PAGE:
13 Variations In The Properties Of Silicon The conductivity of a semiconductor depends on both p and n and μ p andμ n. Because semiconductor devices are subject to a wide range of operating temperatures, the variations of these parameters with temperature are important. Mobility Impurity scattering T 3/2 (affects highly doped samples more than lowly doped samples) Lattice scattering T 3/2 (affects can be seen in lowly doped samples) Depends on effective mass as well At high electric field the mobility can saturate or even become smaller.
14 Mobility with electric field T m Mobility μ decreases with temperature Mobilities are also functions of the electric field intensity and doping levels. In ntype silicon, μ is constant at a given temperature only if ξ < 10 3 V/cm. For ξ > 10 4 V/cm, μ n is inversely proportional to ξ and drift velocities approach 10 7 cm/s Between 10 3 and 10 4 V/cm, μ n varies approximately as ξ 1/2.
15 Intrinsic Concentration With increasing temperature, the density of holeelectron pairs increases in an intrinsic semiconductor. n 2 = i A T EG KT where E G0 is the energy gap (the energy required to break a covalent bond) at 0 K in electron volts, k is the Boltzmann constant in electron volts per degree kelvin (ev/k) A o is a constant independent of T. 0 3 e 0
16 Conductivity The conductivity of an intrinsic semiconductor increases with increasing temperature because the increase in holeelectron pairs is greater than the decrease in their mobilities. For extrinsic semiconductors, in the temperature range 100 to 600 K, the number of majority carriers is nearly constant but diminished mobility causes the conductivity to decrease with temperature.
17 DIFFUSION It is possible to have a nonuniform concentration of particles in a semiconductor. concentration gradient dn/dx in the density of carriers In a given time interval, more electrons will cross the surface from the side of greater concentration to the side of smaller concentration than in the reverse direction. This constitutes a current in the positive x direction.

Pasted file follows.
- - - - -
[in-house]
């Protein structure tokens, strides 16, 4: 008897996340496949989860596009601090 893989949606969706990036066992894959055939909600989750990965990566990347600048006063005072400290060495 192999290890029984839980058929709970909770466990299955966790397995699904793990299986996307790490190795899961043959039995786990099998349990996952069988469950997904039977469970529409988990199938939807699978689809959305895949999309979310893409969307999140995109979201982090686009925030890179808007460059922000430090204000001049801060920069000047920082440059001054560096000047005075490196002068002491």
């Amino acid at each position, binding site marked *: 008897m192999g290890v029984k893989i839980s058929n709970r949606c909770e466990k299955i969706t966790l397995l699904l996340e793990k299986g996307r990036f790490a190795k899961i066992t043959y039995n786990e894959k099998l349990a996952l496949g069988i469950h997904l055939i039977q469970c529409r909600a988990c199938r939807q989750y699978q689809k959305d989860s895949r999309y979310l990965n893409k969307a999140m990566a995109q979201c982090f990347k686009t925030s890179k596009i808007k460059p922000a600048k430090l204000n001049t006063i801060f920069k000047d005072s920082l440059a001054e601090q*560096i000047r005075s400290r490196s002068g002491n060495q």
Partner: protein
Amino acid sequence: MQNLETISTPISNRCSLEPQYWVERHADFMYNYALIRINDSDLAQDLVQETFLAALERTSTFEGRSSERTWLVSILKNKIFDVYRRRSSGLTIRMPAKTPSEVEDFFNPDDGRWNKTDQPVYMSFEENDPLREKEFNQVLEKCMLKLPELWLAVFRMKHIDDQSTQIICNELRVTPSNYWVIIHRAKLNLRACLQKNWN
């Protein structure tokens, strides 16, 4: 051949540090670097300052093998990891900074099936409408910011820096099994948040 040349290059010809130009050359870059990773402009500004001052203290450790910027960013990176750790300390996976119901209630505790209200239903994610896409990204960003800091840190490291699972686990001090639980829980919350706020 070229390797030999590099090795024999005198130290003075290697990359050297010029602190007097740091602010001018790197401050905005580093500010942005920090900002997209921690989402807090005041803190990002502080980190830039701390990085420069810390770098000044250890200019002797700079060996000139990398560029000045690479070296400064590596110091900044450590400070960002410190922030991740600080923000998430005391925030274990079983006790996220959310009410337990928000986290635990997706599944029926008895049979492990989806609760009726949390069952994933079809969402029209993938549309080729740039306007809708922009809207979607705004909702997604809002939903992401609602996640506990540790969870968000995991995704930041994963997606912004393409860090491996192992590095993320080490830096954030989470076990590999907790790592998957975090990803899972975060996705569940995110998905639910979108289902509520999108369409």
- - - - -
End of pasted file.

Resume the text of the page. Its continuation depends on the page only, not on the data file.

18 Carrier motion in a concentration gradient How can we describe how charge carriers move in response to a concentration gradient? It is just simple diffusion; i.e Ficks first law; but of course it is with charged particles Diffusion current density = (charge) x flux Where Flux = N/A t or #of charge carriers passing unit area per unit time Ficks first law relates flux to concentration gradient Flux = e= De dn/dx for electrons Where De = diffusion coefficient for electrons
19 Carrier motion in a concentration gradient So the current density (due to diffusion) becomes: Diffusion current density = (charge) x flux note: diffusion is away from high concentration JD e = e e for charge carriers due to diffusion, or JD e = ed e dn/dx for electrons and JD h = ed e dp/dx for holes
20 Carrier motion in a concentration gradient So, now for the total current we have both drift and diffusion currents for both types of charge carriers! J total = J drift + J diffusion J e = en e E x + ed e dn/dx for electrons, and J h = ep h E x  ed h dp/dx for holes. We relate the diffusion coefficient to temperature and mobility by the Einstein relationship: D e = (kt/e) e or D e / e = (kt/e) and D h / h = (kt/e) We also find that D=L2/ t where L is the mean free path, and t is the mean time between scattering events.
21 Definition of Particle Flux = N A t = particle flux, N = number of particles crossing A in t, A = area, t = time interval Definition of Current Density J = electric current density, J = Q Q = charge of the particle, = particle flux
22